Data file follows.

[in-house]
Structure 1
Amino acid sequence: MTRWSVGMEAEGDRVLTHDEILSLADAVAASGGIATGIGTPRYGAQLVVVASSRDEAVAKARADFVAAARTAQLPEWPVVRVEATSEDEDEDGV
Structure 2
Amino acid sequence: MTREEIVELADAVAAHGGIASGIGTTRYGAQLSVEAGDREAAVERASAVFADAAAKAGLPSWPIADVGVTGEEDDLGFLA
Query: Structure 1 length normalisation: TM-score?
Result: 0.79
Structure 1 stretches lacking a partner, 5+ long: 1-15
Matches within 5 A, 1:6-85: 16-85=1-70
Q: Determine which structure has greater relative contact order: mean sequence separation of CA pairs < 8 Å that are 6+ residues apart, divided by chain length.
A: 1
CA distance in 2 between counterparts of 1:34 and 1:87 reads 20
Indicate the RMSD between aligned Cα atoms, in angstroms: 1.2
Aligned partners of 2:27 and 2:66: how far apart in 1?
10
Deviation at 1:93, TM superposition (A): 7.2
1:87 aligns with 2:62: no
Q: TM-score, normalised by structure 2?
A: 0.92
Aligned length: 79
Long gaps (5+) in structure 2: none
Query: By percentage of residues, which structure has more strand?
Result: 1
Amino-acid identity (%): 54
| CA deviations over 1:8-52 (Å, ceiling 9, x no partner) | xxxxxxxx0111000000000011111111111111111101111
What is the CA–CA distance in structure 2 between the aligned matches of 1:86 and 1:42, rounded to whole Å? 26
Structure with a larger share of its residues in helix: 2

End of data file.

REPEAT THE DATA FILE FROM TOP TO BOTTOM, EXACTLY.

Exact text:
[in-house]
Structure 1
Amino acid sequence: MTRWSVGMEAEGDRVLTHDEILSLADAVAASGGIATGIGTPRYGAQLVVVASSRDEAVAKARADFVAAARTAQLPEWPVVRVEATSEDEDEDGV
Structure 2
Amino acid sequence: MTREEIVELADAVAAHGGIASGIGTTRYGAQLSVEAGDREAAVERASAVFADAAAKAGLPSWPIADVGVTGEEDDLGFLA
Query: Structure 1 length normalisation: TM-score?
Result: 0.79
Structure 1 stretches lacking a partner, 5+ long: 1-15
Matches within 5 A, 1:6-85: 16-85=1-70
Q: Determine which structure has greater relative contact order: mean sequence separation of CA pairs < 8 Å that are 6+ residues apart, divided by chain length.
A: 1
CA distance in 2 between counterparts of 1:34 and 1:87 reads 20
Indicate the RMSD between aligned Cα atoms, in angstroms: 1.2
Aligned partners of 2:27 and 2:66: how far apart in 1?
10
Deviation at 1:93, TM superposition (A): 7.2
1:87 aligns with 2:62: no
Q: TM-score, normalised by structure 2?
A: 0.92
Aligned length: 79
Long gaps (5+) in structure 2: none
Query: By percentage of residues, which structure has more strand?
Result: 1
Amino-acid identity (%): 54
| CA deviations over 1:8-52 (Å, ceiling 9, x no partner) | xxxxxxxx0111000000000011111111111111111101111
What is the CA–CA distance in structure 2 between the aligned matches of 1:86 and 1:42, rounded to whole Å? 26
Structure with a larger share of its residues in helix: 2